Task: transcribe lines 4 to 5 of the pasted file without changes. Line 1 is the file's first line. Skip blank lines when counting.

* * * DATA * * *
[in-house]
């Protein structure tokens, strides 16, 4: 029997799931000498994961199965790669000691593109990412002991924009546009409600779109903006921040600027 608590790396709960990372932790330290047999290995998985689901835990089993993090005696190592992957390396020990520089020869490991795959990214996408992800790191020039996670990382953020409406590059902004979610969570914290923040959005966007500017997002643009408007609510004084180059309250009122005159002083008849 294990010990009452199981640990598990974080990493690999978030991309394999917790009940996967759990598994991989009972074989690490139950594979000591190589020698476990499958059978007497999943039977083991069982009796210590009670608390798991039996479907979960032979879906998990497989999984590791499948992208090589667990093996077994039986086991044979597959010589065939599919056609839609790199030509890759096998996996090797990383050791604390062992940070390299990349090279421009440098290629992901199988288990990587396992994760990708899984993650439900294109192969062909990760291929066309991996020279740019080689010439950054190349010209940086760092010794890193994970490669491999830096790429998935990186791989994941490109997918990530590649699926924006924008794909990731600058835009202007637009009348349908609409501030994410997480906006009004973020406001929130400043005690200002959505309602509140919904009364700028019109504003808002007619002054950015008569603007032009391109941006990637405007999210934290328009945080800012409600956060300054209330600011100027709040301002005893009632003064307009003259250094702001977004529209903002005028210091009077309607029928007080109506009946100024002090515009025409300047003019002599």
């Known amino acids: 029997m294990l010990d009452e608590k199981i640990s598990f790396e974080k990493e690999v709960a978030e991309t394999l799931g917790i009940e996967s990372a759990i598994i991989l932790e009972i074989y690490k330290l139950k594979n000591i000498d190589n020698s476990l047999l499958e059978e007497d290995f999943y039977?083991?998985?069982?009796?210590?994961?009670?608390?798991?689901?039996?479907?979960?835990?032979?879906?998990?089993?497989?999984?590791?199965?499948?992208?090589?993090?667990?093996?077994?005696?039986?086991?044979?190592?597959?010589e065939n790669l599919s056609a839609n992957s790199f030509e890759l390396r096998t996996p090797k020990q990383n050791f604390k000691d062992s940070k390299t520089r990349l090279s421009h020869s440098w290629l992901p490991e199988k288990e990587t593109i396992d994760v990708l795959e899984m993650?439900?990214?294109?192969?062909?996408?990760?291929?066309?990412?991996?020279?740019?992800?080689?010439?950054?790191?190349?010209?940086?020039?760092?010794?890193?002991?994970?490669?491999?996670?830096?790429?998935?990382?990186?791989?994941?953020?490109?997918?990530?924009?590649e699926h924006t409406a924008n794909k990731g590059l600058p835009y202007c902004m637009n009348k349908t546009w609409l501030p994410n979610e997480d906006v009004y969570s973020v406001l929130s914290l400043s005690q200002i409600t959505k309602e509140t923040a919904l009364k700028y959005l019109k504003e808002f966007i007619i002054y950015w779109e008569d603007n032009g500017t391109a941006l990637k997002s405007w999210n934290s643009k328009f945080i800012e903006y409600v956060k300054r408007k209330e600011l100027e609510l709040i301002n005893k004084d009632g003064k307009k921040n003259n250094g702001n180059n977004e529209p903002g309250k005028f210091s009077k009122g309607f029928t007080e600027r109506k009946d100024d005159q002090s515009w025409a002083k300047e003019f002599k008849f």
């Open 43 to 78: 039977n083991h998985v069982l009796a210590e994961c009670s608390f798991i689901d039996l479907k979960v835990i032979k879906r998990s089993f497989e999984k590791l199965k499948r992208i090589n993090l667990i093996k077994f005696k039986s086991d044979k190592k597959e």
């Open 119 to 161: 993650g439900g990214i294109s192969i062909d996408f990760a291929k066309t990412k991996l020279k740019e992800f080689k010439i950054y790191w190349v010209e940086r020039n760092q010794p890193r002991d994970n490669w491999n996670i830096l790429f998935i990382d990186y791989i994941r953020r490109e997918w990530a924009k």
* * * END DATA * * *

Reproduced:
């Open 43 to 78: 039977n083991h998985v069982l009796a210590e994961c009670s608390f798991i689901d039996l479907k979960v835990i032979k879906r998990s089993f497989e999984k590791l199965k499948r992208i090589n993090l667990i093996k077994f005696k039986s086991d044979k190592k597959e």
């Open 119 to 161: 993650g439900g990214i294109s192969i062909d996408f990760a291929k066309t990412k991996l020279k740019e992800f080689k010439i950054y790191w190349v010209e940086r020039n760092q010794p890193r002991d994970n490669w491999n996670i830096l790429f998935i990382d990186y791989i994941r953020r490109e997918w990530a924009k």